That approach seems reasonable, but it actually fuels the disconnect between candidates and companies. Because as the volume of applications rises, it becomes more and more difficult for recruiters to figure out who really is the best fit for the job.
Companies have resumes flooding in, but it’s an overwhelming and inefficient process.
Recruiters also have a problem with volume. A typical recruiter will get an average of 250 submissions per job opening. Realistically, one person can’t sort through 250 resumes and pick out the candidates who will be a perfect fit for the role.
Even when they do attempt to look at each resume, recruiters spend an average of six seconds on each one. Six seconds to decide whether an applicant makes the cut.
Most companies try to handle the high volume of applications using technology. But the tools they use—like keyword matching—are bad tech using bad data.
Instead of finding the candidates who would actually thrive in the role, they’re limited to the candidates who tweaked their resumes in just the right way.
Resumes are supposedly a way for candidates to showcase their skills and abilities. But by now, practically everyone is aware that a resume needs to be “optimized” for keywords to make it past the filters that companies use. Instead of displaying working behaviors, most resumes just show off a few critical keywords.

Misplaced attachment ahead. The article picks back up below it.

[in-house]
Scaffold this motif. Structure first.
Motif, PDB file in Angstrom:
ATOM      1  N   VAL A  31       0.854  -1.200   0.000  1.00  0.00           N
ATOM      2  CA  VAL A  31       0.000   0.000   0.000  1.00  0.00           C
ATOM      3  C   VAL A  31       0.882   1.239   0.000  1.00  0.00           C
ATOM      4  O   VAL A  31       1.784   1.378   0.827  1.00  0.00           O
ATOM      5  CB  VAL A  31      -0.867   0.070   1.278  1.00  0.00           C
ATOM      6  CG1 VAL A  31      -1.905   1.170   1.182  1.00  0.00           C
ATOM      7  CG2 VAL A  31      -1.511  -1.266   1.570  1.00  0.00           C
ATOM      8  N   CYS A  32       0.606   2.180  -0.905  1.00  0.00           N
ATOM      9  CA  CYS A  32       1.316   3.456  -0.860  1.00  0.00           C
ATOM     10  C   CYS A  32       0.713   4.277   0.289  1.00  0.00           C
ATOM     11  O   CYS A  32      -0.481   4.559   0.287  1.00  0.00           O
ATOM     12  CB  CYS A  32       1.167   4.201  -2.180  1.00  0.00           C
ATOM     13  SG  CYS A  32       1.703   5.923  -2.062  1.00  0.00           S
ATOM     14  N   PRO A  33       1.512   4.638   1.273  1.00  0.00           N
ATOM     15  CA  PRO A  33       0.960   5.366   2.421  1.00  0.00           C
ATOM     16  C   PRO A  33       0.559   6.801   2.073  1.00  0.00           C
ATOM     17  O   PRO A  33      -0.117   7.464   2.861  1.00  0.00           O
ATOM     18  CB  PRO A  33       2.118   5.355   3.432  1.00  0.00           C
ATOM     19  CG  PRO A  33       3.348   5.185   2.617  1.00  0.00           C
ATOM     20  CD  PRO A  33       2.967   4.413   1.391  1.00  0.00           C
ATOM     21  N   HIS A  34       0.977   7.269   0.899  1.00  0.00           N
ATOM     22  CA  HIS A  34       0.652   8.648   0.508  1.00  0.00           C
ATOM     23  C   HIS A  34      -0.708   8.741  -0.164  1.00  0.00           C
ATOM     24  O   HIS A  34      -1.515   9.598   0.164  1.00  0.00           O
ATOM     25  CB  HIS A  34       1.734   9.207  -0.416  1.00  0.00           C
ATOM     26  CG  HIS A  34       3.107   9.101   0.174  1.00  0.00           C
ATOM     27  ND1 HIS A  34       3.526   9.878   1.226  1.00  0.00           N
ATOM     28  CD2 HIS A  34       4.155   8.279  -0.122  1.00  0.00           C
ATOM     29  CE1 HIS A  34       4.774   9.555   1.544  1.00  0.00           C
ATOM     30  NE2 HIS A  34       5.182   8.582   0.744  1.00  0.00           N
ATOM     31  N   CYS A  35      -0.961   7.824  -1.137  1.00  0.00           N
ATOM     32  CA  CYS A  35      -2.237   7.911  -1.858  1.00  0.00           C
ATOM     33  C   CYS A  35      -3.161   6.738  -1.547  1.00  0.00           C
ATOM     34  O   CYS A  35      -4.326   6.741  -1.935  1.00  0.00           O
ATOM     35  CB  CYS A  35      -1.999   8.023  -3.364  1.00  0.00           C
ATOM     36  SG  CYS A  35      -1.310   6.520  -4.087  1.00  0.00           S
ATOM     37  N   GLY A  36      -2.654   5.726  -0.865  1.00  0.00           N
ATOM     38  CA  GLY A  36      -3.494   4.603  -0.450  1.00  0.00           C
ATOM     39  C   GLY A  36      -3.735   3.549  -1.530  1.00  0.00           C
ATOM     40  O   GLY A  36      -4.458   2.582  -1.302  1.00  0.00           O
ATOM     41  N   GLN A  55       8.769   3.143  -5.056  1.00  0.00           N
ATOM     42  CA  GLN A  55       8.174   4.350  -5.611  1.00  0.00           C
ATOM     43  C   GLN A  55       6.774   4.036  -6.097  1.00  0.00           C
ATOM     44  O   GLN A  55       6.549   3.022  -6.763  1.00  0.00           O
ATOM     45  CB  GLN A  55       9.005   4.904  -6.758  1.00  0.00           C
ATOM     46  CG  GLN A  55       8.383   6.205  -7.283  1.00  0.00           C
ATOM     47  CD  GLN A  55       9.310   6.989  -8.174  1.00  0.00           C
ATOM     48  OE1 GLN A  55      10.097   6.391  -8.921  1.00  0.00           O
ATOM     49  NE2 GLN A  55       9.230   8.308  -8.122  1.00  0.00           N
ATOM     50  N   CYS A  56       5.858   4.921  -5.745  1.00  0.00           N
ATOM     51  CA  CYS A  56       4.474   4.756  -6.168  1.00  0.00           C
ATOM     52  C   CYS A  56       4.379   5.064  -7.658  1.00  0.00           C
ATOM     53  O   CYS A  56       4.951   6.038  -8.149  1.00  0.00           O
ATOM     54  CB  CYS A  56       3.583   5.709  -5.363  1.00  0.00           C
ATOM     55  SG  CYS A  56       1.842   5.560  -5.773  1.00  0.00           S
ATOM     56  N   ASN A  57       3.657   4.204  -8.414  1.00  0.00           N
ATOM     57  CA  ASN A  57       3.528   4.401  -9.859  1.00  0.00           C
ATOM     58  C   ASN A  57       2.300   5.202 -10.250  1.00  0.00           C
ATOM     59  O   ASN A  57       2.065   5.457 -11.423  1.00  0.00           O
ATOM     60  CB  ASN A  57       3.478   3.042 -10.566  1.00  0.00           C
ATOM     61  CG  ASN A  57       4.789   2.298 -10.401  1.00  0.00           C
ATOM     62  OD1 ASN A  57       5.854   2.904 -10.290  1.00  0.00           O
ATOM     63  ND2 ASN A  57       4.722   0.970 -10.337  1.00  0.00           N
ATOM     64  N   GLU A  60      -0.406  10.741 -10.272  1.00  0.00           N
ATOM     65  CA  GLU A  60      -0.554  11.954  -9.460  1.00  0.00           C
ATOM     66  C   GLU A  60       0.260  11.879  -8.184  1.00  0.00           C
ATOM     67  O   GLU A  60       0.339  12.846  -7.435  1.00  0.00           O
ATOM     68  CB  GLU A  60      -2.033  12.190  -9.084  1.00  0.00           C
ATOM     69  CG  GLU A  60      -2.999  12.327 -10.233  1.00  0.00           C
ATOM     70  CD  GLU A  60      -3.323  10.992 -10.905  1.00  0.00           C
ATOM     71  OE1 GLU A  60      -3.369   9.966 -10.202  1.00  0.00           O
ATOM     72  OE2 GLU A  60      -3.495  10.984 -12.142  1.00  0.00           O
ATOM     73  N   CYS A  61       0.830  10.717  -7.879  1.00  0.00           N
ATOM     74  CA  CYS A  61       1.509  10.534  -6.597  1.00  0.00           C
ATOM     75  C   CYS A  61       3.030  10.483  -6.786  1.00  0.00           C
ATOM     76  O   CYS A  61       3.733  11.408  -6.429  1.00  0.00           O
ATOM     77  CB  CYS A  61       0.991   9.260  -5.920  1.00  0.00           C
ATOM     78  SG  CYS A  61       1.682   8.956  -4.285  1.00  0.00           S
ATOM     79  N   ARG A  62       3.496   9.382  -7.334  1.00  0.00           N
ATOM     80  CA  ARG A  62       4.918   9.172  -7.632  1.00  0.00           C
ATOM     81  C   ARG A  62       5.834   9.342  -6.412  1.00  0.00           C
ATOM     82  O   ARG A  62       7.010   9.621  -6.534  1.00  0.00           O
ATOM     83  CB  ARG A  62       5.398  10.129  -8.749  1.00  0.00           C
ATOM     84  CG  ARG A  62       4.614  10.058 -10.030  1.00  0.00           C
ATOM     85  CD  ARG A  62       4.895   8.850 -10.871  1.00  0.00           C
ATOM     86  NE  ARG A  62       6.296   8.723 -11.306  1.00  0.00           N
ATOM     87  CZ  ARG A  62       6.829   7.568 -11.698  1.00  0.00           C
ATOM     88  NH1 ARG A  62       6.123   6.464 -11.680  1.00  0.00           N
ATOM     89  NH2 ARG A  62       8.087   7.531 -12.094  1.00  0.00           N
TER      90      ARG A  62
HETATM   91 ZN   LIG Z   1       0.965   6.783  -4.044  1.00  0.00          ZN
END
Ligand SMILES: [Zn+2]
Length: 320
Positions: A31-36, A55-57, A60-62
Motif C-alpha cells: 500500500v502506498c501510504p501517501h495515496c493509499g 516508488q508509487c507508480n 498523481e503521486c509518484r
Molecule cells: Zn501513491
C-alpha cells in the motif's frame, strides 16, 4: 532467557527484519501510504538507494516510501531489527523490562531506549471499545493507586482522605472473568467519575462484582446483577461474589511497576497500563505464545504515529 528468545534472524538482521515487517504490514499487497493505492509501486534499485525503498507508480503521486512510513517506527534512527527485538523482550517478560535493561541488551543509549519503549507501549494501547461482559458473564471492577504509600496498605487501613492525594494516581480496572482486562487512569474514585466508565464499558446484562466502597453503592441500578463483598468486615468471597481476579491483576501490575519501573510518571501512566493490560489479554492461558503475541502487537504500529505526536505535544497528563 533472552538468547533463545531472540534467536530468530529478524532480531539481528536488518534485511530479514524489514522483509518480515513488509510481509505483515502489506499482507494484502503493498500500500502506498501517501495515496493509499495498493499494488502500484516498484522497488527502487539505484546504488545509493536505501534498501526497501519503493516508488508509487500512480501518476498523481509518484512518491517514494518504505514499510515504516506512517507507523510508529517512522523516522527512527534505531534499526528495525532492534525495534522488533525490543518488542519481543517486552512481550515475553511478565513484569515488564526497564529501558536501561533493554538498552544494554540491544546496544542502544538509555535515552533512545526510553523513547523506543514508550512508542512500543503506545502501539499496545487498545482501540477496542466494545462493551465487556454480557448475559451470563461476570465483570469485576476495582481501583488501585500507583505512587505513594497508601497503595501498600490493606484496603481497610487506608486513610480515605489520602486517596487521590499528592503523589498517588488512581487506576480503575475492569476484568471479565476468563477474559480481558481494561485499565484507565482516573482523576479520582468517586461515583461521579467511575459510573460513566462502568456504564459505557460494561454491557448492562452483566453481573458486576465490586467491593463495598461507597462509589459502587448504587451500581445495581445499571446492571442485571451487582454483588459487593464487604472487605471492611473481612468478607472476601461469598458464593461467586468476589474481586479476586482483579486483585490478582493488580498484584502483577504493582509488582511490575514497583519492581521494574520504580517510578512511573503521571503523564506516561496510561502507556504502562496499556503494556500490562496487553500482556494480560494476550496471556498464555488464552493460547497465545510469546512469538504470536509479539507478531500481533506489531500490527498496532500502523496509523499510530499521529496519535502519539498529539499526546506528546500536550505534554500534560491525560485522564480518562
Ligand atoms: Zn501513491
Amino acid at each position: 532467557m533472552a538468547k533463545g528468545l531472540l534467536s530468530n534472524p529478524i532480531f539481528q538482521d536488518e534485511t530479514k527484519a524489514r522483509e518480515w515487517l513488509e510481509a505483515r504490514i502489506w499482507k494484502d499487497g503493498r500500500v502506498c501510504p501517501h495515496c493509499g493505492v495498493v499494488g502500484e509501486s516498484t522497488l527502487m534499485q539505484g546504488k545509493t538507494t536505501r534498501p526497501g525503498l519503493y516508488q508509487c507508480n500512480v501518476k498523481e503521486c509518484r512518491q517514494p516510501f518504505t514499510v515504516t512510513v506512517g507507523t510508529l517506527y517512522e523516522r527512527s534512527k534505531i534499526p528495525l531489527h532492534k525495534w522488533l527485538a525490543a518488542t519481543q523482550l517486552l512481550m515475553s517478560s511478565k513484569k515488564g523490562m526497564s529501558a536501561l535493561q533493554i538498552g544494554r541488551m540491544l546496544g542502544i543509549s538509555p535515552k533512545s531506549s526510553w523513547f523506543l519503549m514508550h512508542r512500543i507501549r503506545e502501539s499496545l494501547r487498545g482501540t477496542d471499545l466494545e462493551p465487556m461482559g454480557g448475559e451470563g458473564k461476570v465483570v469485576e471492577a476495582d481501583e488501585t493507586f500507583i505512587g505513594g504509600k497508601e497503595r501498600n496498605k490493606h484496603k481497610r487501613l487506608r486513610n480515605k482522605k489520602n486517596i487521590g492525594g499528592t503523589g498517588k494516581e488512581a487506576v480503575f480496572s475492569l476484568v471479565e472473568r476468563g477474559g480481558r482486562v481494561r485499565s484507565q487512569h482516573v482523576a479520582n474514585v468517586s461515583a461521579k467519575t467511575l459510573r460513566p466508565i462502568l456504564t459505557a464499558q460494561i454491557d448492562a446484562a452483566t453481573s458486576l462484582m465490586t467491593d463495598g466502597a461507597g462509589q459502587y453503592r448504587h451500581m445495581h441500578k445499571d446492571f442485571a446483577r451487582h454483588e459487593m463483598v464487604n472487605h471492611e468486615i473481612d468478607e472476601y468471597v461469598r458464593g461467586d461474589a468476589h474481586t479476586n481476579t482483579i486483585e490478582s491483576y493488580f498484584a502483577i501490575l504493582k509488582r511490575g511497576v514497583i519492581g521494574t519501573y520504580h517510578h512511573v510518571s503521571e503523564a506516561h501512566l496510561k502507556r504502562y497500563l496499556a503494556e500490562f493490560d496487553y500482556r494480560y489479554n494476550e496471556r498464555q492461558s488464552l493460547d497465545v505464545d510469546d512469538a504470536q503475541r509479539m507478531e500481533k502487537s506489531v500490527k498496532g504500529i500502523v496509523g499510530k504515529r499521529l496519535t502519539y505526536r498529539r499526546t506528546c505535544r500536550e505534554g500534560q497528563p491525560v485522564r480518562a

The end result is this: candidates and companies are using bad data to evaluate each other—and neither truly understands the strengths or benefits of the other.
The recruitment process needs new tech to bridge the gap between candidates and roles.
Candidates are putting themselves out there. Companies are putting out job openings. Yet the job hunt is still a struggle because the recruitment industry is using tools that promote quantity over quality, volume over relevancy.
To help both candidates and companies, we need technology that doesn’t rely on job descriptions or resumes. A resume isn’t a good way of articulating someone’s strengths and skillset. It doesn’t advocate for someone’s interests or working behaviors. It doesn’t help a company understand where a candidate will do their best work.
We need a tool that can get right to the source of someone’s true working behavior.
At Edvo, we don’t use resumes. Instead, we identify a candidate’s working behaviors and role-specific skills by asking relevant behavioral questions. By leveraging technology, we’re able to take unstructured data from free response answers to these questions and structure it to create accurate representations of candidates’ working interests and value.
This approach allows us to help candidates find roles at companies they actually want to work for and will thrive within. At the same time, we provide companies insight into how well the candidate’s true skills and working behaviors fit the open role.
The vast majority of candidates won’t get anywhere near 1.4 million views on their resume. But the truth is, the number of people looking at a resume doesn’t really matter when those views don’t lead to relevant opportunities. Fortunately, with the right technology, we can effectively identify a candidate’s value and fit in relation to a specific job opening, creating a win-win for both people and companies.